My most recent blog post dealt with fake problems (and corresponding fake solutions). Today I want to direct my “spotlight” (kindly notice a dose of self-irony here) at fake reasoning and fake explanations.
In today’s newsletter “Pioneers’ Breakfast” by the excellent German special interest magazine t3n the reader is invited to read an article on the allegedly inexorable surge of Progressive Web Apps (PWAs). t3n’s guest author of this article is Andres Dickehut, CEO of Consultix, a digital marketing and e-business consulting firm in Bremen, Germany.
The key message (and reasoning) of the article is presented in the first paragraph along the lines of the following chain of “arguments”:
(1) In 2020 50% of all mobile consumer apps will have been replaced by PWAs.
(2) This is a prediction given by Gartner analysts.
(3) It means that a large chunk of future app developments will result in PWAs.
(4) Such growth in market share could not be attained otherwise.
(5) Hence, within the next two years the whole IT industry and the consumer world will adapt to this new attitude.
I said this on many previous occasions already, but I find it truly stunning how readers are supposed to accept
a) that a mere forecast (be it by Gartner analysts or by any other big-name players) is a god-given fact which is then, again, supposed to be…
b) … accepted as a “reason” (post hoc – as if the trend manifested itself already to the fullest extent) why industry participants MUST behave in a certain way to avoid being cast aside.
What the author Dickehut is telling his readers here (without admitting or worse, realizing it) is that app developers and app consumers both MUST behave in a certain way because otherwise Gartner’s forecast would fall flat.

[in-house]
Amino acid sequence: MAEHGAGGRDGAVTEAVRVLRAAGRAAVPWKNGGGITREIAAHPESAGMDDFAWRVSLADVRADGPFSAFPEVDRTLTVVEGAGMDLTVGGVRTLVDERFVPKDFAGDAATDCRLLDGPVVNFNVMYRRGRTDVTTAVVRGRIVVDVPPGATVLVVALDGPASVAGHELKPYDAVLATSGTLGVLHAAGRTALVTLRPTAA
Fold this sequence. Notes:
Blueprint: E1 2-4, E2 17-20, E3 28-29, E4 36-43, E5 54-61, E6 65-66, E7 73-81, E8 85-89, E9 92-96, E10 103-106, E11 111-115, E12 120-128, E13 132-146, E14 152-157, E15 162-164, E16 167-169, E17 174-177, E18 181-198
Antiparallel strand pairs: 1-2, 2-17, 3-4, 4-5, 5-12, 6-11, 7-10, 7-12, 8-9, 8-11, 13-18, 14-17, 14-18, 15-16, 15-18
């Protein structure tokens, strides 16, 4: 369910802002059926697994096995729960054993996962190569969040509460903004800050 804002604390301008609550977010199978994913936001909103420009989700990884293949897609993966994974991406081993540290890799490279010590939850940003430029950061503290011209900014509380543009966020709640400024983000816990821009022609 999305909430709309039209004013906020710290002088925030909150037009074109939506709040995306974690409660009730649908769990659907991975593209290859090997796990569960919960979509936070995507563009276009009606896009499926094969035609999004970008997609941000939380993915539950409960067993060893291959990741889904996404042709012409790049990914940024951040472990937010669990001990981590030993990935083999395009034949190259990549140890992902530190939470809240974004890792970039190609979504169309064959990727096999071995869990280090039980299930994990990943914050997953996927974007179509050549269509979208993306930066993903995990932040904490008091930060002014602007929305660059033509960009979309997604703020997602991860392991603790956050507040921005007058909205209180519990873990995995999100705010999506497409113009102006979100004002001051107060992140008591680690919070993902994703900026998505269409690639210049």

If a certain trend will happen anyway (and Dickehut gives us a number of good reasons why PWA may indeed, in the long run, replace native apps and responsive websites in e-marketing and e-commerce: app-fatigue, decrease of mobile app downloads, high memory consumption of mobile apps, responsive websites’ dependency on broadband infrastructure…) then there is no need for developers to back-up this trend, as demand for PWAs will increase anyway?
It is simply inconsistent to claim a trend would occur anyway and at the same time urgently recommend to developers to nourish it: It might perhaps be sensible for an industry’s player to overtake a trend in order to be perceived as a first or early mover. But it may also be wise not to be such a first mover. It is even more questionable whether it makes sense to be an early adopter of a trend perceived. Both, early movers and early adopters run a high risk of making lots of mistakes, waste cash, and be, in the end, not just first movers and adopters but also first losers.
Be this as it may, to state one “MUST” embark on a trend “BECAUSE” the trend is on its way is nonsensical. To state that a large chunk of future software developments SHOULD be executed in a certain fashion BECAUSE Gartner tells us this is going to be a major trend is an absurd demand.
Besides, Gartner’s hype cycles showed all too often that their forecasts “overtook” reality by decades thus predicting markets that did and will never exist. I would therefore be very cautious with Dickehut’s prediction that Alphabet, Amazon, Facebook, and Apple would allow for Progressive Web Apps to sideline or replace a major source of their earnings.